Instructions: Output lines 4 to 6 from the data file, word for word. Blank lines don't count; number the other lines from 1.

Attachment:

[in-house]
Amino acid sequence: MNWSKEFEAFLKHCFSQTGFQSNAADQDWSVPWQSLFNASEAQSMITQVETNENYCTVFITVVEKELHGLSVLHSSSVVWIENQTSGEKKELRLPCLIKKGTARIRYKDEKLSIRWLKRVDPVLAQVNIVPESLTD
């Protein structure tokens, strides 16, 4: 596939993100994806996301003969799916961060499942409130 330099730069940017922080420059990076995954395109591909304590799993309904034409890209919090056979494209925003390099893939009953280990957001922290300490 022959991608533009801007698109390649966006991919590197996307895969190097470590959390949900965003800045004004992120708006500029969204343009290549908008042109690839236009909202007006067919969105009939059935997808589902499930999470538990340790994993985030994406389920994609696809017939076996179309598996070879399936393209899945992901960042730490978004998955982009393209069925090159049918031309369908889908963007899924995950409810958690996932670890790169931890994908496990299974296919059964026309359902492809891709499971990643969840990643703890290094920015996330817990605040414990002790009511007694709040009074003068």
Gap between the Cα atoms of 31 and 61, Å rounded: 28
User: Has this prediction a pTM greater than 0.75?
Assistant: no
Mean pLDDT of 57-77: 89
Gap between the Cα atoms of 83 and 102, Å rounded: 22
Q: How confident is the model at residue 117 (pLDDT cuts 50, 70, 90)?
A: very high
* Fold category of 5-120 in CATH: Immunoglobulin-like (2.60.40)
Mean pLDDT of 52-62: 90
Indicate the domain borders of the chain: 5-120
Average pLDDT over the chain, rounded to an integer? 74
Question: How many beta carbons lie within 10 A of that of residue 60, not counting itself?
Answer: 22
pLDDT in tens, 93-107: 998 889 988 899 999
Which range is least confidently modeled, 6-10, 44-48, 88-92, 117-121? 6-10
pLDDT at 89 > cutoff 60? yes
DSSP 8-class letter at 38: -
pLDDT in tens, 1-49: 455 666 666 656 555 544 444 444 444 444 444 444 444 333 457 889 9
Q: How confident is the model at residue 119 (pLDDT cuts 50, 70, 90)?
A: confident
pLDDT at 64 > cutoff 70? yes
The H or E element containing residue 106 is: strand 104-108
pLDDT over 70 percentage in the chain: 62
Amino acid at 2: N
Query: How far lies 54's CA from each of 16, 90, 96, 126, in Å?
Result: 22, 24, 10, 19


Gap between the Cα atoms of 31 and 61, Å rounded: 28
User: Has this prediction a pTM greater than 0.75?
Assistant: no